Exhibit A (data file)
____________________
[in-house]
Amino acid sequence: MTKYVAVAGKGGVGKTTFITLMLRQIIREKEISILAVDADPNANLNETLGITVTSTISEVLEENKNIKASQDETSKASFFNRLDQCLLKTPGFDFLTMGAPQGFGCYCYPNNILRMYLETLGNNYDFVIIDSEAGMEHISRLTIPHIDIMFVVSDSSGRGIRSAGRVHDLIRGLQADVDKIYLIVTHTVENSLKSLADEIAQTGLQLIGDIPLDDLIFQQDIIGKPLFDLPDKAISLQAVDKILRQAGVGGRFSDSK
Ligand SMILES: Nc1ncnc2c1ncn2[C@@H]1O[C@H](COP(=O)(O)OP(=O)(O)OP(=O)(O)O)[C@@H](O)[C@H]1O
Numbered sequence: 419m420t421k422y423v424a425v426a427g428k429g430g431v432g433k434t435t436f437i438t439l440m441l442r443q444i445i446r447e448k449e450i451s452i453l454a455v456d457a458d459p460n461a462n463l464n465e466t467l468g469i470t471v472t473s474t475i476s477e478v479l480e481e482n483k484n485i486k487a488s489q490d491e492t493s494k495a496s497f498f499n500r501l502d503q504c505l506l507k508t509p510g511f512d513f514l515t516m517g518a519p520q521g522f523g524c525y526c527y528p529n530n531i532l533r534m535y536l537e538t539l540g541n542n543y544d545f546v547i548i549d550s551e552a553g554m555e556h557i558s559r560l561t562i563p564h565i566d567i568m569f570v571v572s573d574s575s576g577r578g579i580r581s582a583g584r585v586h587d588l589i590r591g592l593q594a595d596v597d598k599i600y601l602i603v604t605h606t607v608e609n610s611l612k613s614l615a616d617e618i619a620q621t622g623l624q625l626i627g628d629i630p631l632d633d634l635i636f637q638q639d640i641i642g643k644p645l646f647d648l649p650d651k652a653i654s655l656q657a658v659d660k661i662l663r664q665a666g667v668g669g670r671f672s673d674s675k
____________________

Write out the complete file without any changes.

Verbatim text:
[in-house]
Amino acid sequence: MTKYVAVAGKGGVGKTTFITLMLRQIIREKEISILAVDADPNANLNETLGITVTSTISEVLEENKNIKASQDETSKASFFNRLDQCLLKTPGFDFLTMGAPQGFGCYCYPNNILRMYLETLGNNYDFVIIDSEAGMEHISRLTIPHIDIMFVVSDSSGRGIRSAGRVHDLIRGLQADVDKIYLIVTHTVENSLKSLADEIAQTGLQLIGDIPLDDLIFQQDIIGKPLFDLPDKAISLQAVDKILRQAGVGGRFSDSK
Ligand SMILES: Nc1ncnc2c1ncn2[C@@H]1O[C@H](COP(=O)(O)OP(=O)(O)OP(=O)(O)O)[C@@H](O)[C@H]1O
Numbered sequence: 419m420t421k422y423v424a425v426a427g428k429g430g431v432g433k434t435t436f437i438t439l440m441l442r443q444i445i446r447e448k449e450i451s452i453l454a455v456d457a458d459p460n461a462n463l464n465e466t467l468g469i470t471v472t473s474t475i476s477e478v479l480e481e482n483k484n485i486k487a488s489q490d491e492t493s494k495a496s497f498f499n500r501l502d503q504c505l506l507k508t509p510g511f512d513f514l515t516m517g518a519p520q521g522f523g524c525y526c527y528p529n530n531i532l533r534m535y536l537e538t539l540g541n542n543y544d545f546v547i548i549d550s551e552a553g554m555e556h557i558s559r560l561t562i563p564h565i566d567i568m569f570v571v572s573d574s575s576g577r578g579i580r581s582a583g584r585v586h587d588l589i590r591g592l593q594a595d596v597d598k599i600y601l602i603v604t605h606t607v608e609n610s611l612k613s614l615a616d617e618i619a620q621t622g623l624q625l626i627g628d629i630p631l632d633d634l635i636f637q638q639d640i641i642g643k644p645l646f647d648l649p650d651k652a653i654s655l656q657a658v659d660k661i662l663r664q665a666g667v668g669g670r671f672s673d674s675k